Political Animal

PUBLISHED : Thursday, 01 January, 2009, 12:00am
UPDATED : Thursday, 01 January, 2009, 12:00am

Party time as chief rings in 2009

Chief Executive Donald Tsang Yam-kuen kick-started the new year by joining legislator Philip Wong Yu-hong's banquet to celebrate the '130th birthday' of the lawmaker, 70, and Mr Wong's wife, 60. Mr Tsang and his wife Selina were due to arrive at the banqueting hall at the Convention and Exhibition Centre well after midnight after he officiated at the New Year countdown in Tsim Sha Tsui. One event he did not attend was the street party held by the Hong Kong Alliance in Support of Patriotic Democratic Movements in China, staged just a few blocks away from the countdown. 'Our new year wish is, of course, vindication for all those Tiananmen Square martyrs,' alliance chairman Szeto Wah said. Definitely a case of one city, two parties on New Year's Eve.

Rebels return to the airwaves

They have been charged and their equipment was confiscated only days ago, but organisers of the outlawed Citizens' Radio returned to the air last night, defying telecommunications authorities on New Year's Eve. 'We expect the government to come raiding us and arresting us anyway, this is what civil disobedience entails,' organiser Tsang Kin-shing said before his group of activists started another programme - this time featuring gay issues. They are expecting trouble after a legal setback when appeal judges last month overturned a magistrate's ruling that cleared them of unlicensed broadcasting. The magistrate's grounds - that the broadcast licensing system was unconstitutional - did not alter the fact that they were unlicensed and committing a crime, the judges said. A raid on its Chai Wan premises followed soon afterwards. Since then, Mr Tsang said, the activists had spent thousands of dollars replacing the transmitting equipment. They're used to it. The raid was the sixth they had experienced and was unlikely to be the last.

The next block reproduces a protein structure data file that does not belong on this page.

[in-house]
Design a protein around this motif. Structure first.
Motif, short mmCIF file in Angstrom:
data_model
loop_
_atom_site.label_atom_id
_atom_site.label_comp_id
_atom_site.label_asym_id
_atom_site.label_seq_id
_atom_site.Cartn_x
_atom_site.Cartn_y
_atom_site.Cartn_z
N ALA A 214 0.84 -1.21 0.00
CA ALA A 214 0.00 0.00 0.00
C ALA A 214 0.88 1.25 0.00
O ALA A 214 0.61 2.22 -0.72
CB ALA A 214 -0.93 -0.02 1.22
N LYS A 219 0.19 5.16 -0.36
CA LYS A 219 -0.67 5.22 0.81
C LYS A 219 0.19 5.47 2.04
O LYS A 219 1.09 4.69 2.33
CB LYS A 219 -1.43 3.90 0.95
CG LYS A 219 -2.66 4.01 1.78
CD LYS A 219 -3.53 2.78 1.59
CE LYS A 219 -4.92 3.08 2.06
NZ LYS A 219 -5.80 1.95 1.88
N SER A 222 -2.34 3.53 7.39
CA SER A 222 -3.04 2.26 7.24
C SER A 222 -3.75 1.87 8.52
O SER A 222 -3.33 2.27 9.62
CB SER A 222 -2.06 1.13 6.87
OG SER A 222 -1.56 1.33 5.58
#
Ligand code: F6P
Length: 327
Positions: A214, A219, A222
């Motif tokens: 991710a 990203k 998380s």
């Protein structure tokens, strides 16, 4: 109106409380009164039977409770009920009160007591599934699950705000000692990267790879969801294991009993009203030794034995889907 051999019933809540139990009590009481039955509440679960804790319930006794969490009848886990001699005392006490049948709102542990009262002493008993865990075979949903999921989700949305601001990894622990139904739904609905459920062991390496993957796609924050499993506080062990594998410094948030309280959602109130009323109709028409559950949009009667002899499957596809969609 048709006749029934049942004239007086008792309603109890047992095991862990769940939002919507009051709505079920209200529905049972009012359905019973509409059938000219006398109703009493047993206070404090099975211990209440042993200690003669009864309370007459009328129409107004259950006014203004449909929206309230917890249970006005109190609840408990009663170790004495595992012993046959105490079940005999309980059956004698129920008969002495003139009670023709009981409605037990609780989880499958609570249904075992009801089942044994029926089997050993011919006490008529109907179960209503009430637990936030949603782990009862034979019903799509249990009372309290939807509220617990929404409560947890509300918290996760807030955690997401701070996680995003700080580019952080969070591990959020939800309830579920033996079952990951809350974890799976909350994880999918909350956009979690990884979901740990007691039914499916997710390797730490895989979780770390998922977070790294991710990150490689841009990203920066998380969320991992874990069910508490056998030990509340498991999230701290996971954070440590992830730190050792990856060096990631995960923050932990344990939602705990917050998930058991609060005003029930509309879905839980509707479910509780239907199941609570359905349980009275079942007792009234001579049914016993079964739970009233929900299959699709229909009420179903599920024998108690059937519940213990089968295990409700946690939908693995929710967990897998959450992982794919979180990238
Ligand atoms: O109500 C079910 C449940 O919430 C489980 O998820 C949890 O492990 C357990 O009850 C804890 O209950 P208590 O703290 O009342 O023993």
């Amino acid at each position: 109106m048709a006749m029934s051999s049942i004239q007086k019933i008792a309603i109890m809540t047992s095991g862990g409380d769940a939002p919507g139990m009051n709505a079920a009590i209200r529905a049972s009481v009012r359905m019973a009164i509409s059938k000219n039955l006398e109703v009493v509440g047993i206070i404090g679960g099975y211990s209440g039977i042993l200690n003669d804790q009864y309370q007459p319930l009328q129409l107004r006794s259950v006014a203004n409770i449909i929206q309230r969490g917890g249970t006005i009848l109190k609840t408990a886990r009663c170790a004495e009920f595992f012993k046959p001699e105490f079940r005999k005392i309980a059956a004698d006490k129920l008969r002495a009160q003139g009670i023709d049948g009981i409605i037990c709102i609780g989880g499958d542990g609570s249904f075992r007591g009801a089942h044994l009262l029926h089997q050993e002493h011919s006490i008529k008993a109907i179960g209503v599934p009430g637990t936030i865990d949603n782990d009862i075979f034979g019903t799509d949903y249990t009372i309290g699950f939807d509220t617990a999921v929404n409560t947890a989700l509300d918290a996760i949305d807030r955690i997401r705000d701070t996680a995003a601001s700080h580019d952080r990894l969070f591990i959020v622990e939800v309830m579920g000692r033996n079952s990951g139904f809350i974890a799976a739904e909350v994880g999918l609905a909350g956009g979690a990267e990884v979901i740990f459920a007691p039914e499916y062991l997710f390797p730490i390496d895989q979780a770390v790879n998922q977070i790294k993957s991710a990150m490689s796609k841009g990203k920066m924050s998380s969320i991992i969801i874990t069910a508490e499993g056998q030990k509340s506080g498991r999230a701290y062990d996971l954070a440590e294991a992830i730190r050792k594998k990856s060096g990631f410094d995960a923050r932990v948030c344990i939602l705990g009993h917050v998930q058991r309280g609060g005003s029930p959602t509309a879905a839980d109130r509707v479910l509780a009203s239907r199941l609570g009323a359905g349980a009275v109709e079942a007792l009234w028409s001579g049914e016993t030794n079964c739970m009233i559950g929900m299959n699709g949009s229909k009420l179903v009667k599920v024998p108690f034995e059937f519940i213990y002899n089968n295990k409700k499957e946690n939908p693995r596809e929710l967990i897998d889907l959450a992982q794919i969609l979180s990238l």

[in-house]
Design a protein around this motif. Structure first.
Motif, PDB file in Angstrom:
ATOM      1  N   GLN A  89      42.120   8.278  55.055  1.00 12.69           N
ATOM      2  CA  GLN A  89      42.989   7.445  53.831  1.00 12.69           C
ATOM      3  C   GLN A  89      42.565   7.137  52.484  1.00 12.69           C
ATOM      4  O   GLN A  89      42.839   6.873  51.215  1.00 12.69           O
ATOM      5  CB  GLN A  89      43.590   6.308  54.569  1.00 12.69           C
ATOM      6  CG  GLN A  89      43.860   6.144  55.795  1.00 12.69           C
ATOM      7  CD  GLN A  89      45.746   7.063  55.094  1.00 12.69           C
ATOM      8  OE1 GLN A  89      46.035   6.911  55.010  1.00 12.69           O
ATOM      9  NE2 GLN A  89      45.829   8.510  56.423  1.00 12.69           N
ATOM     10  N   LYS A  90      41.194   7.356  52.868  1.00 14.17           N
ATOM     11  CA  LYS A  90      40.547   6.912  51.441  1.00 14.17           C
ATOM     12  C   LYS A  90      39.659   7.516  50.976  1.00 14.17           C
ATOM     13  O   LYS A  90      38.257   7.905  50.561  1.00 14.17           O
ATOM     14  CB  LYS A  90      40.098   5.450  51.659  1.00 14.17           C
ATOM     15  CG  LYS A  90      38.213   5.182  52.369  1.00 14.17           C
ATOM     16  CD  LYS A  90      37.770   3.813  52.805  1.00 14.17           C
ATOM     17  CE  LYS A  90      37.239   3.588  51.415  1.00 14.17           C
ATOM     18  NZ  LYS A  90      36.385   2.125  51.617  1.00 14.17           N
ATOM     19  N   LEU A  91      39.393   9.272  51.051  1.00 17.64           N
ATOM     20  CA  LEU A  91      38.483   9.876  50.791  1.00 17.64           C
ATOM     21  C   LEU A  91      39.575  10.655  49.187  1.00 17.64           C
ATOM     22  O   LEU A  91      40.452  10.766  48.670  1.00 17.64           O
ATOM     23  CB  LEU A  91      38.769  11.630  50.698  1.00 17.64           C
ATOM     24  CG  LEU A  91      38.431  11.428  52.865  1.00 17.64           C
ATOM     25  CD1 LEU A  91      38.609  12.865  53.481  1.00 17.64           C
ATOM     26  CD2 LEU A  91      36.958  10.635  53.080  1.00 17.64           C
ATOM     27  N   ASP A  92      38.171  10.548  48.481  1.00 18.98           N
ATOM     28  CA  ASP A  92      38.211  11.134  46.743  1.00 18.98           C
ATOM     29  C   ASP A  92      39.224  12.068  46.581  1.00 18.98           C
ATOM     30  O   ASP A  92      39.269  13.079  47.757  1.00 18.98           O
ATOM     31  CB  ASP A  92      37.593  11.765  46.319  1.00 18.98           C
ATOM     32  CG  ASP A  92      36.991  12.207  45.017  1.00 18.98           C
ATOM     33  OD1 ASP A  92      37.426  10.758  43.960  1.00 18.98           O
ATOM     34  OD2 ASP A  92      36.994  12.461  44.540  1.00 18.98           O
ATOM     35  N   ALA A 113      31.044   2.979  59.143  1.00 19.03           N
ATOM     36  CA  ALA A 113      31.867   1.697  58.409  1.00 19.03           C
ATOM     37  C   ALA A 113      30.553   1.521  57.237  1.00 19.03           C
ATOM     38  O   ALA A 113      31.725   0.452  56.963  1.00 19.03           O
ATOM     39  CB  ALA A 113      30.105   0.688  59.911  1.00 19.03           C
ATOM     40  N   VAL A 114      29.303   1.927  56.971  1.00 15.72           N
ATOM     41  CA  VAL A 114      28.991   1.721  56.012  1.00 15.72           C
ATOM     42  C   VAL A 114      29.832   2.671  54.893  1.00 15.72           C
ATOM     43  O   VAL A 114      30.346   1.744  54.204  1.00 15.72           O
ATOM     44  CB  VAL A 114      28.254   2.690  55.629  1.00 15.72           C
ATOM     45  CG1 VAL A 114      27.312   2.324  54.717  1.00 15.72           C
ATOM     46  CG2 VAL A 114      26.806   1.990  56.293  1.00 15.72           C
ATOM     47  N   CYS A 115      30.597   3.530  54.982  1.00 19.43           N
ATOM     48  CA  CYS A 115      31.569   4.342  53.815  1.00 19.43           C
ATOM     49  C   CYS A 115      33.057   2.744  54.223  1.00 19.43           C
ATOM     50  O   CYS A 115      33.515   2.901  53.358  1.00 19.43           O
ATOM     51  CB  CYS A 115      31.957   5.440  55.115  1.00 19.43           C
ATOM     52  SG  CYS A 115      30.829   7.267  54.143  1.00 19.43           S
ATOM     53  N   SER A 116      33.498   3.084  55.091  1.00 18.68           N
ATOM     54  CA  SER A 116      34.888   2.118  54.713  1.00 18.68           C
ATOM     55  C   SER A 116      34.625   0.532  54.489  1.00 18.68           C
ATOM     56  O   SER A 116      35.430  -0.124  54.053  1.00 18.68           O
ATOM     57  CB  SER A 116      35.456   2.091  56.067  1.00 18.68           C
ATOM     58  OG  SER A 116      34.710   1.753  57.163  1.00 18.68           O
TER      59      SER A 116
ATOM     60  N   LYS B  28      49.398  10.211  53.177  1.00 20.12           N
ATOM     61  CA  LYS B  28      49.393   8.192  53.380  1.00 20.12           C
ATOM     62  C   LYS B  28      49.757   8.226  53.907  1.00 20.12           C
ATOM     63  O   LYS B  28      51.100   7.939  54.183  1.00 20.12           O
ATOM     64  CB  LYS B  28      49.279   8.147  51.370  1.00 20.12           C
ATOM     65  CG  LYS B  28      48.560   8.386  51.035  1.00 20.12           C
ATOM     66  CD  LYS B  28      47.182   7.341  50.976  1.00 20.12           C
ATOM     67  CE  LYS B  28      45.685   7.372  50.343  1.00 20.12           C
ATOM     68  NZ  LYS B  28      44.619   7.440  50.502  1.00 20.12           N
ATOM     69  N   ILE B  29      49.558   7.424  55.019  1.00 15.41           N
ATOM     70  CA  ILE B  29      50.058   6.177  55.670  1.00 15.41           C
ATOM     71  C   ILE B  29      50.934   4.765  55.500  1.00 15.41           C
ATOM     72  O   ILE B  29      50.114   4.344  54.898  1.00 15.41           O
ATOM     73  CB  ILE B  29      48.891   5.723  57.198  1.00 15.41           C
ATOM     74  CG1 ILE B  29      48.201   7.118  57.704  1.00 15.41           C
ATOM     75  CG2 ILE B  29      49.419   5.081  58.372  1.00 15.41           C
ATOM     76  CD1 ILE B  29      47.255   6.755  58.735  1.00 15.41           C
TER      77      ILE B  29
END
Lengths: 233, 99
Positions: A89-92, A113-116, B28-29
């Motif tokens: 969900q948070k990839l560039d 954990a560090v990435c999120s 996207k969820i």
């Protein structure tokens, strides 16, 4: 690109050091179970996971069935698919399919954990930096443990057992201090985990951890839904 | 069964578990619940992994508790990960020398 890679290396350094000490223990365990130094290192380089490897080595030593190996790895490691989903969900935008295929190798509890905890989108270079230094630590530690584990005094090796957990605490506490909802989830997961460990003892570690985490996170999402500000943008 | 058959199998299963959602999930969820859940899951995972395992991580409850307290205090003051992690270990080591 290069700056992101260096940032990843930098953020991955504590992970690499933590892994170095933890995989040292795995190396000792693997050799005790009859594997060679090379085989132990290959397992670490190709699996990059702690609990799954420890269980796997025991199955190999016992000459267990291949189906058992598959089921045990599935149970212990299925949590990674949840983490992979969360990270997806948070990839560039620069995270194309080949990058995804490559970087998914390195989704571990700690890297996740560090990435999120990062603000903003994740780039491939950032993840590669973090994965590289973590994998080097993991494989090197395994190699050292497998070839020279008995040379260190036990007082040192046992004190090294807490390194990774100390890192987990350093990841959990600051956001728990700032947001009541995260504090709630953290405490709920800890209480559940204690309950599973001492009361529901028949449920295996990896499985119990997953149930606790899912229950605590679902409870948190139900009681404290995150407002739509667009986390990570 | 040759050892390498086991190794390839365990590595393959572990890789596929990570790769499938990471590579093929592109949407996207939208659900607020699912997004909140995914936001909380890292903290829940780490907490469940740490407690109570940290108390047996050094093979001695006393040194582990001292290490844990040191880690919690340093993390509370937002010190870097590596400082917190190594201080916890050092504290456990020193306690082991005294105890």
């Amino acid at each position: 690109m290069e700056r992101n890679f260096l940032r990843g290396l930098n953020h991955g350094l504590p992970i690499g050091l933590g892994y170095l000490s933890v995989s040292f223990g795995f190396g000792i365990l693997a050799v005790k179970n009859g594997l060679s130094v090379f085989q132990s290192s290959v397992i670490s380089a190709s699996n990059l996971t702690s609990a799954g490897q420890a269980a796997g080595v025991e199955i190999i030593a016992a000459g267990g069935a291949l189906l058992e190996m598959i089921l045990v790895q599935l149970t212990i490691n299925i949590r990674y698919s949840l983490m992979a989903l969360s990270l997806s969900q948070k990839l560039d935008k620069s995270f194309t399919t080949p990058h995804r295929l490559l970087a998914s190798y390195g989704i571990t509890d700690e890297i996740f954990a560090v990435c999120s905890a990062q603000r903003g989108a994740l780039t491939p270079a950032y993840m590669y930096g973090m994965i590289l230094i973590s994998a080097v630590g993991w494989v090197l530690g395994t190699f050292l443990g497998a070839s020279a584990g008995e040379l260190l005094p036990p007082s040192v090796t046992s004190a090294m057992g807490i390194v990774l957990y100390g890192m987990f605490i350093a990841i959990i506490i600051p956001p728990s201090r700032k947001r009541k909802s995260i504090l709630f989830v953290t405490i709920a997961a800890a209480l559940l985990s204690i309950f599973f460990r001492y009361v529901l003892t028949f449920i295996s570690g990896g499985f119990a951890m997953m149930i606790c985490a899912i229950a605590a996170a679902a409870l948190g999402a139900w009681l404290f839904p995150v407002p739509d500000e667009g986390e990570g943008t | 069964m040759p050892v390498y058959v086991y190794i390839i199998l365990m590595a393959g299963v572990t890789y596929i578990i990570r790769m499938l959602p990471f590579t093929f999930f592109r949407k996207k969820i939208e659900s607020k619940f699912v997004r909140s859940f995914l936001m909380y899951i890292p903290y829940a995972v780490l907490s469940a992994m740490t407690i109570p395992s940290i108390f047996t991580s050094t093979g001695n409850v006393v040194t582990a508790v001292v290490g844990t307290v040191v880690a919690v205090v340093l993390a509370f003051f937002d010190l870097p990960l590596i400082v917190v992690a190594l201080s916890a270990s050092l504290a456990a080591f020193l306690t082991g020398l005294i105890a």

UK honours Hongkongers' contributions

Hong Kong may have been reunified with China for more than 10 years, but its people have not been forgotten by its former sovereign. In the latest new year honours list in Britain, Queen Elizabeth has made two Hongkongers members of the Order of the British Empire. While perhaps the two latest OBEs were not as well known as businessman David Tang Wing-cheung - of Shanghai Tang and China Club fame - who received a knighthood in last year's British honours list, they were nonetheless active in the social service and academic circles. The duo are retired police superintendent Ian Seabourne, who founded Operation Breakthrough which helps keep disgruntled youngsters away from trouble, and Anthony Tsui Tin-yau, director of the Croucher Foundation, a fund supporting scholars in natural science.

Pro-democracy benefits harvested

It is too soon to say whether there will be any changes to the stance of the Hong Kong Economic Journal - now owned by tycoon Richard Li Tzar-kai - after the retirement of its founder and publisher Lam Lok Yau-mui on Tuesday. But Mr Li, who proclaimed during the chief executive election in 2006 that he wanted to see 'real democracy', will at least reap some benefit from his pro-democracy friends soon. The Professional Commons will run a prominent advertisement in the January 7 edition of the Journal in which the pan-democrats will demand the scrapping of functional constituencies under universal suffrage in 2012. The same day Margaret Ng Ngoi-yee, of the Civic Party, will move a motion in the Legislative Council making the same demand, complemented by a sit-in protest outside the legislature for the 20 hours and 12 minutes leading up to the debate.